Elementary school teachers hand out summer reading lists to students, but grownups who love summer reading have to construct their own lists. A website called GoodReads (goodreads.com) can help. Readers create an account, log and rate books, and explore recommendations and user reviews to find new books to add to the list. GoodReads also lets users know how to find each book, with links to online retailers like Amazon and local library listings.
Once the list is made, an inexpensive way to get books is Paperback Swap (paperbackswap.com), a website through which users can list books they'd like to swap and request books from others (users must only pay postage on books they mail). Of course, local libraries are wonderful places to borrow paper copies of books. And soon, Kindle users can take advantage of the library, too: Amazon recently announced the launch of Kindle Library Lending, which not only allows users to borrow books from the library on a Kindle but to take notes and write in the "margins"-without leaving behind notes for the next patron. And if a reader takes notes in a book, returns it to the library, and then buys it, his notes will be preserved.
Farmer's markets are back in full swing in most places, with a wide variety of seasonal produce once again becoming available. One way to locate markets near home is the LocalHarvest website (localharvest.org), which lists farmer's markets, Community Supported Agriculture (CSA) groups, and farms, as well as co-ops and even restaurants with local produce. The site also links to blogs from local farmers, so you can find out what's at the farm stand this week.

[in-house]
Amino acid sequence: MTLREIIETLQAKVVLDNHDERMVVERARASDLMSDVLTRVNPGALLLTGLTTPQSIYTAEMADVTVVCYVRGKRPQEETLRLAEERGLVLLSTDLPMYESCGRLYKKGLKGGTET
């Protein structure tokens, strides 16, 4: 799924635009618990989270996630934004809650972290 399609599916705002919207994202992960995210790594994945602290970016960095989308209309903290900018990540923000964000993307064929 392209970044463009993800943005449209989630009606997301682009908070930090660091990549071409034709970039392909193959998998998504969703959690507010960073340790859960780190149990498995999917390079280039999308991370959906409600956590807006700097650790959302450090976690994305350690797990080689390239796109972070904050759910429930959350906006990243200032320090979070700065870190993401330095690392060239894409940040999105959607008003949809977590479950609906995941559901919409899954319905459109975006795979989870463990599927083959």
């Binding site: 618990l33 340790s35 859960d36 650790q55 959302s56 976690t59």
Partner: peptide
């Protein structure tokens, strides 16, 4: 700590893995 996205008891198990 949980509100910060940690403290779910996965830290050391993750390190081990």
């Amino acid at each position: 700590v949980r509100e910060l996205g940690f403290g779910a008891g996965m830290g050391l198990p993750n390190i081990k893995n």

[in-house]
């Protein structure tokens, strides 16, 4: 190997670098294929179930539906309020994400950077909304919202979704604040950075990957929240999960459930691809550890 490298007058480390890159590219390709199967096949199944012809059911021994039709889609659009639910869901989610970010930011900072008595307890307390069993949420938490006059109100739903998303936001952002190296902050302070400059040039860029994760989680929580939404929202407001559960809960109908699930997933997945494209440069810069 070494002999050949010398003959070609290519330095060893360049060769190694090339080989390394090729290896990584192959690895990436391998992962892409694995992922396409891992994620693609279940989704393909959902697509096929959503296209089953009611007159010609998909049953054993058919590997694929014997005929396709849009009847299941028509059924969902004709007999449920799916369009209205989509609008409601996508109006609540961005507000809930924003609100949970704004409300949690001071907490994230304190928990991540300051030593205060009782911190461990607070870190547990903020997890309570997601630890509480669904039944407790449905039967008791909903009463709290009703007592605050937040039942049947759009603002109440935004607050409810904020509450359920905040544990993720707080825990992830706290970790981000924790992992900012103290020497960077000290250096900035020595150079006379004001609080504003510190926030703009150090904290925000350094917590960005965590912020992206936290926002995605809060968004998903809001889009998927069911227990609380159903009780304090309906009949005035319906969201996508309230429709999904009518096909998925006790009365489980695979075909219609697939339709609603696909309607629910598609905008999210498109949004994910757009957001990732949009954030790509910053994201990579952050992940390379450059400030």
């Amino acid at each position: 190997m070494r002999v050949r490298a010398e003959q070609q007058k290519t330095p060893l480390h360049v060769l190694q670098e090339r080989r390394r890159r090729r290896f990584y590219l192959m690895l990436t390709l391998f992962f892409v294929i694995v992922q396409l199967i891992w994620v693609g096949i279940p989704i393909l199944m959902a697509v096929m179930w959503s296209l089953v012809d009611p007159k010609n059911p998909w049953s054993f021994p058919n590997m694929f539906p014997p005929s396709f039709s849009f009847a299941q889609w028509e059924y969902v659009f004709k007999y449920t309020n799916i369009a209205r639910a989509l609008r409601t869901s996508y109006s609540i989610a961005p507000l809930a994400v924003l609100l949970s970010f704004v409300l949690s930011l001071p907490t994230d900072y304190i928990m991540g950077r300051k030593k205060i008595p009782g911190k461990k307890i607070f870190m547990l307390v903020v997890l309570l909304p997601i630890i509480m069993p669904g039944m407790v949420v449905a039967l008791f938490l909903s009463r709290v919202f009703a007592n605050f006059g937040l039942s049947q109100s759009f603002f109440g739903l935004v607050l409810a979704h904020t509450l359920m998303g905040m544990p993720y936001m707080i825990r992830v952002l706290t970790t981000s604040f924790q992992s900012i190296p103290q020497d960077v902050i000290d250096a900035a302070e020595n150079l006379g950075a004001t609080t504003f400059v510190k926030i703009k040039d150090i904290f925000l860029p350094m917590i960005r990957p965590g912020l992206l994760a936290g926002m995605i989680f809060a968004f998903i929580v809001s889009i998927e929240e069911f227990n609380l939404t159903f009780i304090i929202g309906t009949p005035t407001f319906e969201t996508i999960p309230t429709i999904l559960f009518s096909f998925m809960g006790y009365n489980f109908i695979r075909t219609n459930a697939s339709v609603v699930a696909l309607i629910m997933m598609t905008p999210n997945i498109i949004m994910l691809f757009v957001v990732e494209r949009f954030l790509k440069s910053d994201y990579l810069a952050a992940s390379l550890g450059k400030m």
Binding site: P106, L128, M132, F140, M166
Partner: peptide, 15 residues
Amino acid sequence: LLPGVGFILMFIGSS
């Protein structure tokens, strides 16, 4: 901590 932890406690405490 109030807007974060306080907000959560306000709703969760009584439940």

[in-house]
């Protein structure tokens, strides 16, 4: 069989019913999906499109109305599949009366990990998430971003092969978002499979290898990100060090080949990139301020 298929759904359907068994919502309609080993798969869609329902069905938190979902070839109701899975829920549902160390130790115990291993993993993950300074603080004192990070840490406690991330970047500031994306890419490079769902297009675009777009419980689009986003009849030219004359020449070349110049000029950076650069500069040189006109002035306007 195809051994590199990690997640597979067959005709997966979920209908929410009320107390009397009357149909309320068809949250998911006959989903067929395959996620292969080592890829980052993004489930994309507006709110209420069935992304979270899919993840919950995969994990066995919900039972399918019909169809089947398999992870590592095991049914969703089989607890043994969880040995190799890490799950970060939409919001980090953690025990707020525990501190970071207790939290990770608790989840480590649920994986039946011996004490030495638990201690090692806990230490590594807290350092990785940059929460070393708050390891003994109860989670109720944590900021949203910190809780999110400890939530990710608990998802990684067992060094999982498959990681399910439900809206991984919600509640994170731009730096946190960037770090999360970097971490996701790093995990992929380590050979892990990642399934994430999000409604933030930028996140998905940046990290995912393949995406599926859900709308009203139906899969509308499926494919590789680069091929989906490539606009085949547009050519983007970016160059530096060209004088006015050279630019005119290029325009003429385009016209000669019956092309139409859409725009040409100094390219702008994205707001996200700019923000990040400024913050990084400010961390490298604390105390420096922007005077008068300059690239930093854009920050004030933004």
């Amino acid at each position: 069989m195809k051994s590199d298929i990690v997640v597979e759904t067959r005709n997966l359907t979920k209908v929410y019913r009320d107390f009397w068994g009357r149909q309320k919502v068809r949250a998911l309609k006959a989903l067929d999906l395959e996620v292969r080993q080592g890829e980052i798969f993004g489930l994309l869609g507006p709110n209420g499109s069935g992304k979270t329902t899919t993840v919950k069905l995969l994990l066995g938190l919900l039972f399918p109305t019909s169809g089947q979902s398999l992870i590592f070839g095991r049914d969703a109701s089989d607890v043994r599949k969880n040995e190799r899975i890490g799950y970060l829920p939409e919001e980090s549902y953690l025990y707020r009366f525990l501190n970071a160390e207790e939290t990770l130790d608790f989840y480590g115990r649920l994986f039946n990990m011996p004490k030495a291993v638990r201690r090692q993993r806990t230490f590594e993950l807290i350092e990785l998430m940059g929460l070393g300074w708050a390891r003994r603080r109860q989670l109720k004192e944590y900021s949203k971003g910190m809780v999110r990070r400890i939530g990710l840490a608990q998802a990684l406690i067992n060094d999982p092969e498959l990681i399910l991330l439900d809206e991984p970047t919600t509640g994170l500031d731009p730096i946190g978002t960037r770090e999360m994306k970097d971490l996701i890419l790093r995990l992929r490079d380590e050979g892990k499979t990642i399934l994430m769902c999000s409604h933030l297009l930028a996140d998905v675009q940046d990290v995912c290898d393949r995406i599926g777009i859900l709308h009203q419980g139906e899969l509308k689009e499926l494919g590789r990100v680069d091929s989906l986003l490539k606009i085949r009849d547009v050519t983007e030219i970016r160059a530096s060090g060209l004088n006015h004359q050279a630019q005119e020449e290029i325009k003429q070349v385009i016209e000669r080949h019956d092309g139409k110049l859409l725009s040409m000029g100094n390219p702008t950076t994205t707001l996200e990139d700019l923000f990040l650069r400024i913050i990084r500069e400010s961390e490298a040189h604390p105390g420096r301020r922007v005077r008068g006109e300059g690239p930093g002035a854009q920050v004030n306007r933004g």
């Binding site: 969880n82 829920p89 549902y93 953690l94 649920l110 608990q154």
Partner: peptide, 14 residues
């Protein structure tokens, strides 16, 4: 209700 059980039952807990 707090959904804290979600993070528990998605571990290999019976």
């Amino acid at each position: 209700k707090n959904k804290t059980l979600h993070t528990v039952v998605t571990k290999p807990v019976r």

Of course, the great variety of produce sometimes means staring at an oddly shaped vegetable at the market, wondering what it is and how to cook it. An iPhone and iPad app called Farmers' Market Companion ($0.99) provides a guide to over 85 fruits and vegetables to help intrepid shoppers identify produce. It also gives guidelines for storing produce properly to maximize its shelf life, as well as tips for choosing the best produce, recipes for preparation, and other useful information. Non-iPhone users can try the web: Popular cooking site Epicurious (epicurious.com) provides a "Seasonal Cooking" guide, and the Food Network's website (foodnetwork.com) has an "In Season Now" tab that includes recipes and menus.
Conference calls usually involve a lot of numbers: phone numbers, access codes, identification numbers. And finding the right numbers when you need them can be tricky. Enter Bridg.me, a new service that lets the conference call you instead. Call participants set up an account and link it to their Google Calendar accounts, then create a calendar event. When the call's scheduled time arrives, Bridg.me calls each participant.
The company offers a free trial 10-minute call for up to three people, after which the service costs 5 cents per minute-$1.50 for a 30-minute call. And the company hopes to eventually offer basic services for free.